This weekend the Sakhir circuit in Bahrain marks a decade as part of the sport of Formula One and it has named a corner after seven times world champion Michael Schumacher, who remains in a coma after a ski accident.
Following a civil conflict that led to the race being abandoned in 2011, and which is still in the background to the event each year, the Middle East’s first F1 venue this weekend stages its 10th grand prix and to raise the bar and ring the changes, it is hosting its first night race.
Here, Shaikh Salman, the CEO of Bahrain’s Sakhir circuit, speaks to JAonF1 about his thoughts on his country’s decade in F1 and the reasons behind the decision to name turn one after Schumacher.
Shaikh Salman, you’re celebrating 10 years of the Bahrain Grand Prix, it has not been without its difficulties and controversy, but how do you feel looking back over the decade?
Well we are very excited. When we started out in 2004 I remember we built the track in 496 days. The whole focus was on bringing F1 to Bahrain mainly for the purpose of putting Bahrain on the map. We’re passionate about the sport, we have had a Motor Federation since 1952 and it was a good continuation to have that type of sport, but mainly [it was about] picking a large sporting event to put Bahrain on the map. In 2004 I was looking at the pictures of what our vending area looked like and the what paddock looked like, and it was basic. We had no palm trees in the paddock, I think we had maybe 10 tents and now, looking at the pictures around us, we have come a long way. Today we celebrate 10 years, yes it’s a milestone, but we also celebrate the first night race.
The night race is a first time for us, so I go back to that 2004 picture and [this is the same] this is where we are starting; every year we will have to learn and improve and know how it works for us. It’s not right to approach it now, with a few years under our belt, and say “everything will be right in the first year”, especially for the night element. So we are learning there, there are a lot of question marks – is the effect lighting correct? – and that for us is exciting, it’s always interesting. There’s always so many more possibilities now because of light.
For 10 years, it has been a great experience, it’s been fantastic for us in terms of how the human capital, how we as Bahrainis have managed to go from how nobody knew what we do, to actually taking care of them from the moment they land – we are trying to do that, and it shows that this is the whole point of the event.
There is a nice touch that everyone in the Formula One community and fans around the world appreciate, which is naming Turn One after Michael Schumacher. Tell us a little bit about that.
When we started out in 2004, if I could choose one name that everyone started picking up, it was Michael Schumacher. If you go in to town and say his name then everyone knows him. He also had an input on the first corner when we were designing it, where he had an impact of making it tighter and more challenging because that’s where everything happens. There is a lot that he added and in our history he has been the number one driver, so for us that was the reason to do it – he has helped build the culture of Formula One in this region by having his name associated with the red of Ferrari and Bahrain. We’ve always had the idea of naming corners, it is where we wanted to go. Michael is the one that was chosen and we are very honoured and happy with the reaction from his family.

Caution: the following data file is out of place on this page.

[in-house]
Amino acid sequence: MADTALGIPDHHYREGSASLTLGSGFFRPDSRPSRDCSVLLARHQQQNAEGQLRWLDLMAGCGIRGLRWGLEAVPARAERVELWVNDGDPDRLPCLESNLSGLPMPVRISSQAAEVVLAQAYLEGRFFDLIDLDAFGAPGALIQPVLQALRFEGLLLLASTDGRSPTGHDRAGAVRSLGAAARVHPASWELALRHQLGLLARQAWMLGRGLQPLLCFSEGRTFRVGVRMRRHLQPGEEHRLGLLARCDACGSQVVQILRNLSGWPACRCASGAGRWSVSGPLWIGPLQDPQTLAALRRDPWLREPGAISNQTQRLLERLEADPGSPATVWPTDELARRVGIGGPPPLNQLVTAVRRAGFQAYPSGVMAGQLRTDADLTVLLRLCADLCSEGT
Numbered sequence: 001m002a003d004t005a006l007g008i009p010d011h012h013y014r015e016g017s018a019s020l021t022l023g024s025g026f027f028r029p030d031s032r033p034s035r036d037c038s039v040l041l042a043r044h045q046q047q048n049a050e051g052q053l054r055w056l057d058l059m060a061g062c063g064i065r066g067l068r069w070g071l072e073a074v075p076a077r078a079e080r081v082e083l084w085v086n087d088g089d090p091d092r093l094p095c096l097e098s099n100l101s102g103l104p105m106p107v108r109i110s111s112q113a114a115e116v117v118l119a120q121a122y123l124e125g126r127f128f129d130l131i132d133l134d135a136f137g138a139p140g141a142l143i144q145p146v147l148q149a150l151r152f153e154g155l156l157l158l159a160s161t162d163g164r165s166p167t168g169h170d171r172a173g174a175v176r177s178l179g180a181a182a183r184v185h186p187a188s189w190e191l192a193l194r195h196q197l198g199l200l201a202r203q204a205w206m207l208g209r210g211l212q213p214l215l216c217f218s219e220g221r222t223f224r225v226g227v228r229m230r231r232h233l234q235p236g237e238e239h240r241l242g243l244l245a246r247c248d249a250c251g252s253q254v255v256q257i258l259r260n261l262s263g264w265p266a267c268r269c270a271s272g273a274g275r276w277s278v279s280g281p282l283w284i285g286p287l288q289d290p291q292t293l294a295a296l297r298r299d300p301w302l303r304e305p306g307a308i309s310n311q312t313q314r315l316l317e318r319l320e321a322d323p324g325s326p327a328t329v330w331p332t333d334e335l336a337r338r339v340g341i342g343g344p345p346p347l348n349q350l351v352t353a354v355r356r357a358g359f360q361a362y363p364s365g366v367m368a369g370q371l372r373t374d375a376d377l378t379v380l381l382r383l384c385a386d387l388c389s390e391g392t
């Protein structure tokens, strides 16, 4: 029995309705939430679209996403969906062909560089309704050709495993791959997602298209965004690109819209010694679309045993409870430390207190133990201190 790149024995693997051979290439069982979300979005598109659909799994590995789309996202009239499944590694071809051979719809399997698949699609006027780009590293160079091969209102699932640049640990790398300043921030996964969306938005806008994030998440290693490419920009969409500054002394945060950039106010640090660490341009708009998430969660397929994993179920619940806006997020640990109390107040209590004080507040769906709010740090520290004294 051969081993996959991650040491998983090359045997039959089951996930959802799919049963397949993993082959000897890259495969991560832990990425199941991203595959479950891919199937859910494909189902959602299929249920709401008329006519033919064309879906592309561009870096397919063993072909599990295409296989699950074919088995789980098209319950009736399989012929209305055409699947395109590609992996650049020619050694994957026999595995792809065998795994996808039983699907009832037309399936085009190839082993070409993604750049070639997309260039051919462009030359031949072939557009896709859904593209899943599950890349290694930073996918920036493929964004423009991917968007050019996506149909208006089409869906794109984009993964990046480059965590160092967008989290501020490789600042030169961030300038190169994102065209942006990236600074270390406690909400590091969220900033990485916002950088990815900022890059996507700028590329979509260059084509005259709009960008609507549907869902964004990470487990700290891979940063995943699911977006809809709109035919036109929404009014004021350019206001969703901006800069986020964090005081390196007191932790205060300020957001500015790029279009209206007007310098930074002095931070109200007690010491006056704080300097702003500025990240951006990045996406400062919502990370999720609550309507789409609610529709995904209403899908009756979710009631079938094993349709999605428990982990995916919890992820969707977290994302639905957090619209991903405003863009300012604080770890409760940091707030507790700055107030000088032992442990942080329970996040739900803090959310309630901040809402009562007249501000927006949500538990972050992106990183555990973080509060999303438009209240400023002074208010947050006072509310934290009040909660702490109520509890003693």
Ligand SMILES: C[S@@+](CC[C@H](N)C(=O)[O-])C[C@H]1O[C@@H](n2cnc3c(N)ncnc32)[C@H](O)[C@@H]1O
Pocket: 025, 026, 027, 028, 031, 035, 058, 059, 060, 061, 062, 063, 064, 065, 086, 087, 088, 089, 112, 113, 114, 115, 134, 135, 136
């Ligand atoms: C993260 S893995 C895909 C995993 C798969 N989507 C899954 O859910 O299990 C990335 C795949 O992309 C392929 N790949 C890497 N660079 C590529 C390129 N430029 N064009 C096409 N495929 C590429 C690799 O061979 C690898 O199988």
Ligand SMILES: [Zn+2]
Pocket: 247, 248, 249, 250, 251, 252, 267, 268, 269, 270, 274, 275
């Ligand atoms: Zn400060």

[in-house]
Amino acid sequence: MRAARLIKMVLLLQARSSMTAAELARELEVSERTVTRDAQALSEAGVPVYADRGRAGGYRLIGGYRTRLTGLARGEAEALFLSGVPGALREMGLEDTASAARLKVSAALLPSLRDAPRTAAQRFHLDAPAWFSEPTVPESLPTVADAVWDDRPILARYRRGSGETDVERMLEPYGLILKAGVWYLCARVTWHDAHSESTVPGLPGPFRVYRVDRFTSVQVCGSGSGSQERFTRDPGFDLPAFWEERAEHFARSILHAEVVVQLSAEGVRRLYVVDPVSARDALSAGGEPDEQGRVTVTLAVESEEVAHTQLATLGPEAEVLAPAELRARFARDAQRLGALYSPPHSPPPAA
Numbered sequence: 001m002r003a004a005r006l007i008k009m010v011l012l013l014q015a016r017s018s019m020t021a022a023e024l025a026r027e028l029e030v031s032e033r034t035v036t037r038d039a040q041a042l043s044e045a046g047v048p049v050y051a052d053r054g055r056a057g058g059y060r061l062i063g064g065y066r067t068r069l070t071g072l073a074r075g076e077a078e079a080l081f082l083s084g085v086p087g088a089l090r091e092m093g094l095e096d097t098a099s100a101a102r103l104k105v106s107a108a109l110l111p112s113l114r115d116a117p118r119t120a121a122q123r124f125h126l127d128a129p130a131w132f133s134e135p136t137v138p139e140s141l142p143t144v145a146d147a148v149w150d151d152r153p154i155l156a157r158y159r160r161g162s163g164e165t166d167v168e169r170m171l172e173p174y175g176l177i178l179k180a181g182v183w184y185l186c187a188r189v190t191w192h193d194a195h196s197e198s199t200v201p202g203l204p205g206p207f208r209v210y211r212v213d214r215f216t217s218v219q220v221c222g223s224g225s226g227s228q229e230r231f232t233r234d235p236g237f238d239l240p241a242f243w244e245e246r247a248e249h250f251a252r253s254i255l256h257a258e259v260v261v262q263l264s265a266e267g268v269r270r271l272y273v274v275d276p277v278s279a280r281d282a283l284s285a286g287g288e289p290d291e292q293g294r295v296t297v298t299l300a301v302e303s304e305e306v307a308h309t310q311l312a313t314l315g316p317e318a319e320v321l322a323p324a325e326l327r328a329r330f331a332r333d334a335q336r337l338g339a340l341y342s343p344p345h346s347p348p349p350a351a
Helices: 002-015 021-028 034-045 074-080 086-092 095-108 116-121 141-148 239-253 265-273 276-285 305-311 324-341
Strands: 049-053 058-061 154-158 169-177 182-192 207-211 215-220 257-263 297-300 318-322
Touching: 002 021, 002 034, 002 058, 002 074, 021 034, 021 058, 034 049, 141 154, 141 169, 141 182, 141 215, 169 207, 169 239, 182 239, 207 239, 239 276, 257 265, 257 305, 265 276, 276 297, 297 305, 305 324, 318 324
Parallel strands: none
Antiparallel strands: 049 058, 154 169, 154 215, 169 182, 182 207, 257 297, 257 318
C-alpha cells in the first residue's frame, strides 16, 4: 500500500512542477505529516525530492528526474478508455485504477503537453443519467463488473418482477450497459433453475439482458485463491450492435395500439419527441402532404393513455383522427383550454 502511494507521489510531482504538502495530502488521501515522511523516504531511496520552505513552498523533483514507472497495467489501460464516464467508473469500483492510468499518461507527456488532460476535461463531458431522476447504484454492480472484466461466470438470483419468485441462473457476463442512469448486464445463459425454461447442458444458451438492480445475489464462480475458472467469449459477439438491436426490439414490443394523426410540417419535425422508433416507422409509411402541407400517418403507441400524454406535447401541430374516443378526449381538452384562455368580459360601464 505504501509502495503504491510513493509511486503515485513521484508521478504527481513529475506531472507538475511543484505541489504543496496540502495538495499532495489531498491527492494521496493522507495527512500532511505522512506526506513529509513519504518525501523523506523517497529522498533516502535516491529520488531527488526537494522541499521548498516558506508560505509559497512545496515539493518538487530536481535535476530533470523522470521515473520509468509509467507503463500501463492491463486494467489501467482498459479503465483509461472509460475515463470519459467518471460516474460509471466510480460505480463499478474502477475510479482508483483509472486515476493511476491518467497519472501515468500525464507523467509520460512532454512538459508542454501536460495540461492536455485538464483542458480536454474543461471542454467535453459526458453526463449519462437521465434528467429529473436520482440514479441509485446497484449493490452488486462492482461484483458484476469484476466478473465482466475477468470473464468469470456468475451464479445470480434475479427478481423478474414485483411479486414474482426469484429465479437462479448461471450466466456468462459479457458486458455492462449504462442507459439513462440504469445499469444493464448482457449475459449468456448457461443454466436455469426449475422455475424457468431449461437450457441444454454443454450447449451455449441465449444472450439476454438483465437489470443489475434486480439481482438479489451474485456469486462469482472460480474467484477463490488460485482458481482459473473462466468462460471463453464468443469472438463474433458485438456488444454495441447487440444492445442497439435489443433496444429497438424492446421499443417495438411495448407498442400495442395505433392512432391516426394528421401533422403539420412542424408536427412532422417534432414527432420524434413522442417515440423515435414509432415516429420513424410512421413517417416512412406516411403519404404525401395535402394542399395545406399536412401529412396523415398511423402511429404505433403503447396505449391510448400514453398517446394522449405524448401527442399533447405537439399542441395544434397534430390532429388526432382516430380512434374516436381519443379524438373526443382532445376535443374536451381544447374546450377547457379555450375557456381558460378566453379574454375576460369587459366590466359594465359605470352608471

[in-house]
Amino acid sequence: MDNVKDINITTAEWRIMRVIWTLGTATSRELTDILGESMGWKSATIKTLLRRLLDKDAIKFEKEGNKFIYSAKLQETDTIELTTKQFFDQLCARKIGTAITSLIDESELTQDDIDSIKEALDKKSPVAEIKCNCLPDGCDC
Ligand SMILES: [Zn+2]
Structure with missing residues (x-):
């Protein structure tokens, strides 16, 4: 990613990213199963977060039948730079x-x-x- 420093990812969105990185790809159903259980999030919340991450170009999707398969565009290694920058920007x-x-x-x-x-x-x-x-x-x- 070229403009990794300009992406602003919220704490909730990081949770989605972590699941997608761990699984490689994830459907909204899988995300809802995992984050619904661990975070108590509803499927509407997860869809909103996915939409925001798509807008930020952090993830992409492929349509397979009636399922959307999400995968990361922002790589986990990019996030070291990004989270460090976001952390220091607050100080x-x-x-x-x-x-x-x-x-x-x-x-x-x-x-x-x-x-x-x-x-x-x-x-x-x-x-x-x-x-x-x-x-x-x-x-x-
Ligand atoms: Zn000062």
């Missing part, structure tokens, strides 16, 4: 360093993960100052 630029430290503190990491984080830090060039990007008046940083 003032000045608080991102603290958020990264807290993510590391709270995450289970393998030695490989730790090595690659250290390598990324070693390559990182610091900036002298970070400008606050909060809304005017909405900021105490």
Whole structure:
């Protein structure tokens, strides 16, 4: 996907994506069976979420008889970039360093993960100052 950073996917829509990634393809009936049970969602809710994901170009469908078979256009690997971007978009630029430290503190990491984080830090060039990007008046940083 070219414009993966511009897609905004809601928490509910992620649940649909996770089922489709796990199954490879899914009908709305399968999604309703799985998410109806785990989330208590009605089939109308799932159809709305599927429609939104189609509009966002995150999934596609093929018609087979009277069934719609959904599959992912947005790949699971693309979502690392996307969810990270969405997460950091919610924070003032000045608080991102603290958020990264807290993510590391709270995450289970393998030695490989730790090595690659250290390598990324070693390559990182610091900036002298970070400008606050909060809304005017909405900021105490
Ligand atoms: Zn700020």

Formula One has changed fundamentally this year, the cars look the same from the outside but they sound very different and the technology under the bonnet is extremely different. As a promoter what is your take, so far, on Formula One 2014?
I think the interesting thing and the exciting thing for me is that I have seen the drivers struggle when they are driving the car and that is always good to see. As a venue, we are also interested that the entertainment side and the action is there. More action and more spins create better action and that’s the most important thing.
On the sound, we have to wait and see. We have just had pre-season testing and personally for me I have seen how that personal reaction has changed from the first day of testing to the last. I think there are positives and negatives, I’m sitting on the fence to see how it goes to be honest.
I cannot speak to you without talking about the civil unrest and the security situation. The last few years here have been very tight security, noticeable for people coming from outside, but what is the situation now? Do you have any concerns?
No there are no concerns. For us it is a round of the Formula One World Championship and so security measures for the event must be monitored but it is no different from any other event and I have no concerns on security.
After a decade are you happy to continue with Formula One? Is it something you want to retain in Bahrain for as long as you can?
Yes. For us it is always something that we want to build and I hope the investment in the lighting project shows that commitment to the sport, and that we want to build the right type of racing and the right type of atmosphere, win which people can enjoy themselves. I think it opens up a new area, where we can expand our race, both on-track and off the track. It makes more sense because people are off work and off school so it improves our attendance and opens up a multi-approach solution.